Owning a car in Singapore is one of the countries in the world The most expensive Countries, it has always been something of a luxury. But costs have now risen to all-time highs.
A 10-year certificate of entitlement – a license that people in the wealthy city-state must buy before they are even allowed to buy a car – now costs at least $76,000 (S$104,000), more than four times what it did in 2020, according to Land Transport Authority numbers.
This means only the right to purchase a standard A-class car, with a small to medium-sized engine of 1,600 cc or less.
Those who want something larger or flashier – such as an SUV – will have to pay $106,630 (S$146,002) for a Class B license – up from $102,900 (S$140,889).
Then there are the costs of the car itself to think about.
The quota system was introduced in 1990 to reduce traffic and reduce emissions in a space-starved city-state that has a population of 5.9 million but boasts an impressive public transport network.
It has put cars out of reach for the average citizen in Singapore, with the average monthly household income in 2022 standing at $7,376 (S$10,099), according to the Department of Statistics.
Ricky Goh, a local car dealer, said he “almost fainted” when he heard about the price increase. “Sales have already been very bad. And on top of that it’s going to be worse for business,” he told CNN.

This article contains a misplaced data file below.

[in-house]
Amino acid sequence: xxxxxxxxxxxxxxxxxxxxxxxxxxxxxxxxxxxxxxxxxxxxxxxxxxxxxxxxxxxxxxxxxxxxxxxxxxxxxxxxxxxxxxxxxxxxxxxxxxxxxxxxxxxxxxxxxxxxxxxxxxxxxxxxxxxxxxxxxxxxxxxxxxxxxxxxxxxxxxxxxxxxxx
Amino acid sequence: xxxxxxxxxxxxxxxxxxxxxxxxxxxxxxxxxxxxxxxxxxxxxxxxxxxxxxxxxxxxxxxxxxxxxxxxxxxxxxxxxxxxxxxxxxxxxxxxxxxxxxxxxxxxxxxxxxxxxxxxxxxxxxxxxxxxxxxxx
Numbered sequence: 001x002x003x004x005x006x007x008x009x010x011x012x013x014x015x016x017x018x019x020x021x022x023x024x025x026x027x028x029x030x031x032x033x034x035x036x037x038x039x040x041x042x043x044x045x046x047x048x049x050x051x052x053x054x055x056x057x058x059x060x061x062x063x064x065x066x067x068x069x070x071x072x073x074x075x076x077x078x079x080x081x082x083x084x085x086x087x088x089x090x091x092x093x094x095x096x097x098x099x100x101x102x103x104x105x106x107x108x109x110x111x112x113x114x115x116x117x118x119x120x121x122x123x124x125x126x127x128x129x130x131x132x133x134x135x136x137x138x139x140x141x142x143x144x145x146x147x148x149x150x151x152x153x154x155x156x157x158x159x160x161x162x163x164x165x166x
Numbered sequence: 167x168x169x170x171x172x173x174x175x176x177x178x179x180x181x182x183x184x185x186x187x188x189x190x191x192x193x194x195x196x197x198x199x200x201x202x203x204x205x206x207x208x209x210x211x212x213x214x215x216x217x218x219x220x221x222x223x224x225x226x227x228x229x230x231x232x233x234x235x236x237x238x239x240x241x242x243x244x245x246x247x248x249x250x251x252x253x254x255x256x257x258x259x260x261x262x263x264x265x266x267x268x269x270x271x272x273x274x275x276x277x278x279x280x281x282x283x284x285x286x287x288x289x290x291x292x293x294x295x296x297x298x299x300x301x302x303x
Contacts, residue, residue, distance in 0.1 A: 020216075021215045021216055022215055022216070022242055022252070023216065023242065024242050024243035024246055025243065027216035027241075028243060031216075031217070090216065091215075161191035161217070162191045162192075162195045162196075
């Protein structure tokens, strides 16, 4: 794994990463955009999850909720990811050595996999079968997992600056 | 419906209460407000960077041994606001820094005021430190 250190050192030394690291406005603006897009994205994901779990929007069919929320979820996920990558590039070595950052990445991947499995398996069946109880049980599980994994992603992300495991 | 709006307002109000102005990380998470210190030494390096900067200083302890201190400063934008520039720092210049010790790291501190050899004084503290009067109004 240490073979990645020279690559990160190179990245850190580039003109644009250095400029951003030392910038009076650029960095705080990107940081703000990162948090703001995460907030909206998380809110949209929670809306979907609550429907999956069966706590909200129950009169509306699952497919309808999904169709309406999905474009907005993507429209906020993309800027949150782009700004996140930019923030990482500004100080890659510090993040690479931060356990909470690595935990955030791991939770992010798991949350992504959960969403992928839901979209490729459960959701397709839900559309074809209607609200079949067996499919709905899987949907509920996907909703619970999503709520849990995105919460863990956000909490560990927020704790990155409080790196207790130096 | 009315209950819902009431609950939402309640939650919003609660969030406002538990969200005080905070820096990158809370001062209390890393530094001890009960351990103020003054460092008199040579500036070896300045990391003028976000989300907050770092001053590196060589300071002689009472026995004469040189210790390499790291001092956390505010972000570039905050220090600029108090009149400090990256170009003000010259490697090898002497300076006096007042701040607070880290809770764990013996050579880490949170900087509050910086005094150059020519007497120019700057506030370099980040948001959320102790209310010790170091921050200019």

Wong Hui Min, a mother of two, said she may need to rethink her reliance on her car despite mostly using it for her family.
“I run a lot, send my children to and from school, and also for other activities like swimming lessons and teaching. I need my car. Taking taxis or shared rides everywhere is not convenient for me,” she said.
“The average Singaporean family has to save up for years to buy a car to help make ends meet,” Wong continued, adding: “I don’t know if I can afford to keep my car in the long term.”
For some, this announcement is just another financial blow.
Locals living in Singapore say, already ranked The most expensive city in the worldhave become unusually expensive in recent years amid persistent inflation, rising public housing costs and a slowing economy.
But supporters of the quota system say it has helped spare Singapore the kind of congestion that routinely besieges other Southeast Asian capitals such as Bangkok, Jakarta and Hanoi.
Those who cannot afford the cost of a certificate of entitlement can also take advantage of Singapore’s extensive public transportation system as they point out.
Failing that, there is the option of getting a motorbike – permits for which cost $7,930 (S$10,856).
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